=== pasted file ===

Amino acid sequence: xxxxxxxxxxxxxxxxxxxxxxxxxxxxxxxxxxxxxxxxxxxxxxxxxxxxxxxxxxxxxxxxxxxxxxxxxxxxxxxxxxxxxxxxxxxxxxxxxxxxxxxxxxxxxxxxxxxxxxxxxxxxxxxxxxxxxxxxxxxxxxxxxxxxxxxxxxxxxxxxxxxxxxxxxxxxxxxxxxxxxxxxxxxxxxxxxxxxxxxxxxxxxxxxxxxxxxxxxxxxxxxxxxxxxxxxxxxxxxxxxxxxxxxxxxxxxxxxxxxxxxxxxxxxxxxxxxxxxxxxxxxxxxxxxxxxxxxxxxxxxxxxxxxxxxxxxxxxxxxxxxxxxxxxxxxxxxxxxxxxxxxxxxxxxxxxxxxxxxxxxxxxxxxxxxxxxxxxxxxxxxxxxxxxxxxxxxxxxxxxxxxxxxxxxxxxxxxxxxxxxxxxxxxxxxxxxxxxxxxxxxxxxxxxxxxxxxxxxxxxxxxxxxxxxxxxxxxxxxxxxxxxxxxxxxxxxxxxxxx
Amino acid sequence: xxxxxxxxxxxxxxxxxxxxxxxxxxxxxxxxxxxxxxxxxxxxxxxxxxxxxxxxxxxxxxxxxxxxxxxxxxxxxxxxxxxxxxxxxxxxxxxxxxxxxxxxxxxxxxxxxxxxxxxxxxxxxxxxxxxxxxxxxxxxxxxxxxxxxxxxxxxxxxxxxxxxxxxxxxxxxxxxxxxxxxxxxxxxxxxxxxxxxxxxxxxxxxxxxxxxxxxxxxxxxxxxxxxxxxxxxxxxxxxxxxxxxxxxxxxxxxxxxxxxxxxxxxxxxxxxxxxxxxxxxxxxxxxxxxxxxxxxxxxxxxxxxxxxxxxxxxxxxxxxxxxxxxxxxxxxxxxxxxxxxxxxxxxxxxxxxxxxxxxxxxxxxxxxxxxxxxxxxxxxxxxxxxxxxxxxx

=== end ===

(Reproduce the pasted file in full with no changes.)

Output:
Amino acid sequence: xxxxxxxxxxxxxxxxxxxxxxxxxxxxxxxxxxxxxxxxxxxxxxxxxxxxxxxxxxxxxxxxxxxxxxxxxxxxxxxxxxxxxxxxxxxxxxxxxxxxxxxxxxxxxxxxxxxxxxxxxxxxxxxxxxxxxxxxxxxxxxxxxxxxxxxxxxxxxxxxxxxxxxxxxxxxxxxxxxxxxxxxxxxxxxxxxxxxxxxxxxxxxxxxxxxxxxxxxxxxxxxxxxxxxxxxxxxxxxxxxxxxxxxxxxxxxxxxxxxxxxxxxxxxxxxxxxxxxxxxxxxxxxxxxxxxxxxxxxxxxxxxxxxxxxxxxxxxxxxxxxxxxxxxxxxxxxxxxxxxxxxxxxxxxxxxxxxxxxxxxxxxxxxxxxxxxxxxxxxxxxxxxxxxxxxxxxxxxxxxxxxxxxxxxxxxxxxxxxxxxxxxxxxxxxxxxxxxxxxxxxxxxxxxxxxxxxxxxxxxxxxxxxxxxxxxxxxxxxxxxxxxxxxxxxxxxxxxxxx
Amino acid sequence: xxxxxxxxxxxxxxxxxxxxxxxxxxxxxxxxxxxxxxxxxxxxxxxxxxxxxxxxxxxxxxxxxxxxxxxxxxxxxxxxxxxxxxxxxxxxxxxxxxxxxxxxxxxxxxxxxxxxxxxxxxxxxxxxxxxxxxxxxxxxxxxxxxxxxxxxxxxxxxxxxxxxxxxxxxxxxxxxxxxxxxxxxxxxxxxxxxxxxxxxxxxxxxxxxxxxxxxxxxxxxxxxxxxxxxxxxxxxxxxxxxxxxxxxxxxxxxxxxxxxxxxxxxxxxxxxxxxxxxxxxxxxxxxxxxxxxxxxxxxxxxxxxxxxxxxxxxxxxxxxxxxxxxxxxxxxxxxxxxxxxxxxxxxxxxxxxxxxxxxxxxxxxxxxxxxxxxxxxxxxxxxxxxxxxxxxx